Reverse reverb is a vibe. It gives audio tracks an eerie sort of psychedelic halo that can be very cool in the right context. Jimmy Page of Led Zeppelin seems to have developed the technique and you can hear it on the Yardbirds 1967 track Ten Little Indians.
Reverse reverb, or reverse echo, was originally done using tape machines through a process of printing things that were effects and then turning the tape over for playback. Today you can duplicate this signature sound inside of your DAW with a little file management and routing magic. Follow these simple steps to achieve a similar result…
I’ll be demoing the technique on a small piece of audio here so you can follow along. Here’s the audio of the vocal as is.
1. Reverse the audio file you want to add reverse reverb too. The process for this is different in each DAW so you’ll need to figure out how to do it in whatever program you’re working in. Here’s the vocal, now reversed, which sounds a tad demonic at this point.
2. From there you want to route 100% of the track to a reverb on an aux track which is 100% wet. Dialling in the right reverb is another conversation, but generally speaking this is not the time to hold back. Go big – but not too big.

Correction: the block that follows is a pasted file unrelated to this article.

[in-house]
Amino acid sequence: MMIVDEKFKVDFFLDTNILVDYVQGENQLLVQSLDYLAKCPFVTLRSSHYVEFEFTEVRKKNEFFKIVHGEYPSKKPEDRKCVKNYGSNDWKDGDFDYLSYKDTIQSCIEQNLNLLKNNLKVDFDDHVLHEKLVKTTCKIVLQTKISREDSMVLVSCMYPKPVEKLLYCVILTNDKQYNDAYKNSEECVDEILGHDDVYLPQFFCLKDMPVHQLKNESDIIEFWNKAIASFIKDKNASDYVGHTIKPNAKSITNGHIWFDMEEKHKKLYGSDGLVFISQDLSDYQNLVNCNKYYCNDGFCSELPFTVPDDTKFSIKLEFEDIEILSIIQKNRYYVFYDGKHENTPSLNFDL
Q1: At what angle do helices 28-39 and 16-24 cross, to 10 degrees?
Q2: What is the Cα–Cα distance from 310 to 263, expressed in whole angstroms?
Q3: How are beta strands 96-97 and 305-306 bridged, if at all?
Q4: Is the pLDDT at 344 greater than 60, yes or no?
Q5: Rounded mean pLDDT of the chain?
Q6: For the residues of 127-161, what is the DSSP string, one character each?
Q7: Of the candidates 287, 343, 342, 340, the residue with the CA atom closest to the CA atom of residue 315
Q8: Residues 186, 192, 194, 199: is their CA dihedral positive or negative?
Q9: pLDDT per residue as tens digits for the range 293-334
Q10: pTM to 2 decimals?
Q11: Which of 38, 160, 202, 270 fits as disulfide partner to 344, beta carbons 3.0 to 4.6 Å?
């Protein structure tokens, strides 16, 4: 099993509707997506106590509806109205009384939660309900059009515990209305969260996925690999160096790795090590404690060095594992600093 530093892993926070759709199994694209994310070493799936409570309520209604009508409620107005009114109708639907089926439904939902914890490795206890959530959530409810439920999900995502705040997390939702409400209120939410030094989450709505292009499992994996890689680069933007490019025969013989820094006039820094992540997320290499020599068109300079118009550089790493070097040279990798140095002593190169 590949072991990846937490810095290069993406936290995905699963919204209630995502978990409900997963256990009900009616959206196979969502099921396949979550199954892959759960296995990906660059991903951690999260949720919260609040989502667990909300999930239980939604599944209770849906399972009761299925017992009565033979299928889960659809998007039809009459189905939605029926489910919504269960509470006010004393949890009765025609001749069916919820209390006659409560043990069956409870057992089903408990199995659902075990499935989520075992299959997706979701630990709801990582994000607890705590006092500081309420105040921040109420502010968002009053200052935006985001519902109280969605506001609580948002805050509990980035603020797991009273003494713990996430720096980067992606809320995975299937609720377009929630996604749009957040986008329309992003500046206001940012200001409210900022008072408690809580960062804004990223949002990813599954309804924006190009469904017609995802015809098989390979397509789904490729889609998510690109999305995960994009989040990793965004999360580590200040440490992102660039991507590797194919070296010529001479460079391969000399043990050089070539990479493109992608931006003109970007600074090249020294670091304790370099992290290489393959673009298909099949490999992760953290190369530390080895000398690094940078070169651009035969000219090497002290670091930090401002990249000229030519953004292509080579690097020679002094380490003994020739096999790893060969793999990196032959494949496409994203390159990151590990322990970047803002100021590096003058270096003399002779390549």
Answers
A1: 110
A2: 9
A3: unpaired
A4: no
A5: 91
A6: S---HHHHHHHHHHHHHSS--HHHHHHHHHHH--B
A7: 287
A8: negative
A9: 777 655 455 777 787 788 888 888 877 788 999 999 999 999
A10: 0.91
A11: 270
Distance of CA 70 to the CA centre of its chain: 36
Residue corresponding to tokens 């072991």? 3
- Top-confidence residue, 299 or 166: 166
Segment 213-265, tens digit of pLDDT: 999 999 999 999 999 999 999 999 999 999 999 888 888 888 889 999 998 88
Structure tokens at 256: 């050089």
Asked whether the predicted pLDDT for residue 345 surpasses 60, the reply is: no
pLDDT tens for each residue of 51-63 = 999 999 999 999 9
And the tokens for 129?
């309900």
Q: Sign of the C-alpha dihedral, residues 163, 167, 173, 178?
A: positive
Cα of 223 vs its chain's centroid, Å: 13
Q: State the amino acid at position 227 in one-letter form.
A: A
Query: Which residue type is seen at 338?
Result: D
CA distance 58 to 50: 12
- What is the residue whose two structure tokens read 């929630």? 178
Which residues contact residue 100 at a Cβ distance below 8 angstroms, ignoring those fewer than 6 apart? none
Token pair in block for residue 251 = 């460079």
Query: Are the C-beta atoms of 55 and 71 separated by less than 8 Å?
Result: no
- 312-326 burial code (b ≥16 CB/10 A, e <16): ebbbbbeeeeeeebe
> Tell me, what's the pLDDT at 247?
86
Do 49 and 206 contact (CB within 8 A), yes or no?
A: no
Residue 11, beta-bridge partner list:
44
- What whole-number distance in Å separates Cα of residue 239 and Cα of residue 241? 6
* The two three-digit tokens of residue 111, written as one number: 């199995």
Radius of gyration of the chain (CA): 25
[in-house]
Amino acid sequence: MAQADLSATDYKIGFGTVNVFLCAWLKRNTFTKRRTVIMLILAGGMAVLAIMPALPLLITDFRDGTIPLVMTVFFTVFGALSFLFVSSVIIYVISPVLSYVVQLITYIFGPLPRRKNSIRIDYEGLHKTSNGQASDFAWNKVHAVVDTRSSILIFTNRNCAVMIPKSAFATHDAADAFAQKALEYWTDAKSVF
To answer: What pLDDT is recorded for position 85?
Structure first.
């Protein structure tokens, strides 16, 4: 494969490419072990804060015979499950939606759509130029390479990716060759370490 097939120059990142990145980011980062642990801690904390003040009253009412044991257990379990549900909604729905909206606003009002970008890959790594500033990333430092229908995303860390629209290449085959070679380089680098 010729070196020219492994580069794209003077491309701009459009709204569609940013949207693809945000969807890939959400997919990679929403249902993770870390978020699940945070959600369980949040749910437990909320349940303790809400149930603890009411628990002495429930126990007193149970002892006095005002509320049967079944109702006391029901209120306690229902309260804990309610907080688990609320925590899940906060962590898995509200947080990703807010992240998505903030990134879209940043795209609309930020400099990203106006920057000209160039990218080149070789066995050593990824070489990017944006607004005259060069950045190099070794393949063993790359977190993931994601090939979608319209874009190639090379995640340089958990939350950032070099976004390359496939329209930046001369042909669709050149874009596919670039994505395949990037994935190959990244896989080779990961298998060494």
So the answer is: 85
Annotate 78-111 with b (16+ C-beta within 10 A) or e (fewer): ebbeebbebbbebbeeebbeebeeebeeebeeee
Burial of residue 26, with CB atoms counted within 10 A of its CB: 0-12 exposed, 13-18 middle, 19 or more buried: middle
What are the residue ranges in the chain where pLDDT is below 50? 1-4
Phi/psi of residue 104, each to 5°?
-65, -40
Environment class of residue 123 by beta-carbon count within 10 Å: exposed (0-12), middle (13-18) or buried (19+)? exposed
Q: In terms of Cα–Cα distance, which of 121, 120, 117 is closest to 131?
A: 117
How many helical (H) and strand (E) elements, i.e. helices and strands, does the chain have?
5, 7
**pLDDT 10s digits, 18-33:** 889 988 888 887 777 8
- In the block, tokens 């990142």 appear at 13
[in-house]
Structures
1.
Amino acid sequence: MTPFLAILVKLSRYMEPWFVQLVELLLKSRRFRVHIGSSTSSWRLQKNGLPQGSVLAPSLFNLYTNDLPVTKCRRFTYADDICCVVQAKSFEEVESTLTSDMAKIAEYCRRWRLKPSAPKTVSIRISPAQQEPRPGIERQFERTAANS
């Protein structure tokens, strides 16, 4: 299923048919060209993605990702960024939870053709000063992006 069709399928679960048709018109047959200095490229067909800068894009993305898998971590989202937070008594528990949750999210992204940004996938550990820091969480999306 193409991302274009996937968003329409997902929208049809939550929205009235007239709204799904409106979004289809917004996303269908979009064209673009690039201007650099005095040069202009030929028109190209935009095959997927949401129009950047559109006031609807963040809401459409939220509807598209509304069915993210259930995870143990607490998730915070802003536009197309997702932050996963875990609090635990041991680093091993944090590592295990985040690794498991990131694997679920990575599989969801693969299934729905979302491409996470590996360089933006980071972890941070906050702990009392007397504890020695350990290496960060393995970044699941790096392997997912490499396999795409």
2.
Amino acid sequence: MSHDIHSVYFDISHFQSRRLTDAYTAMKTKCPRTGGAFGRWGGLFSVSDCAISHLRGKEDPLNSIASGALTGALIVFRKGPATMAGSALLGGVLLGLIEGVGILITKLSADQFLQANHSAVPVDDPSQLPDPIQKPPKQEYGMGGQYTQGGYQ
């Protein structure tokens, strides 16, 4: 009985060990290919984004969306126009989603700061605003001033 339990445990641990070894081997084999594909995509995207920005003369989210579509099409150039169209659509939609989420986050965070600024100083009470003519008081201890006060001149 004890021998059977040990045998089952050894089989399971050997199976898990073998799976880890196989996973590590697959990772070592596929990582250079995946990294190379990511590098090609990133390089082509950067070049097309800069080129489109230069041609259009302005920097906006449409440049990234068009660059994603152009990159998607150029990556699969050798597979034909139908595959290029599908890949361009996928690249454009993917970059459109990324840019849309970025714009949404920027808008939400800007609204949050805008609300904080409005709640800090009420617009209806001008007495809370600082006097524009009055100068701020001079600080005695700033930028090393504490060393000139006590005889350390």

3. Create an audio track that has an input that’s receiving audio from the aux track with the reverb on it. Arm the track and record a pass of only the reverb into it. This will sound even more like it’s about time to call a priest.
4. Take that new audio file or the reverb, and reverse it. Not you should be hearing all of the reverb tails on the front end of the file as opposed to the back end.
That file right there is your reverse reverb. If you look at the two audio files side by side, you can see the reverse reverb slightly ahead of the original audio file.
The next step is to mix it in appropriately and write in any automation necessary to fit your track and arrangement. As with most things, if you do it too much it will lose its effect, so use it sparingly and at the right moments for maximum impact.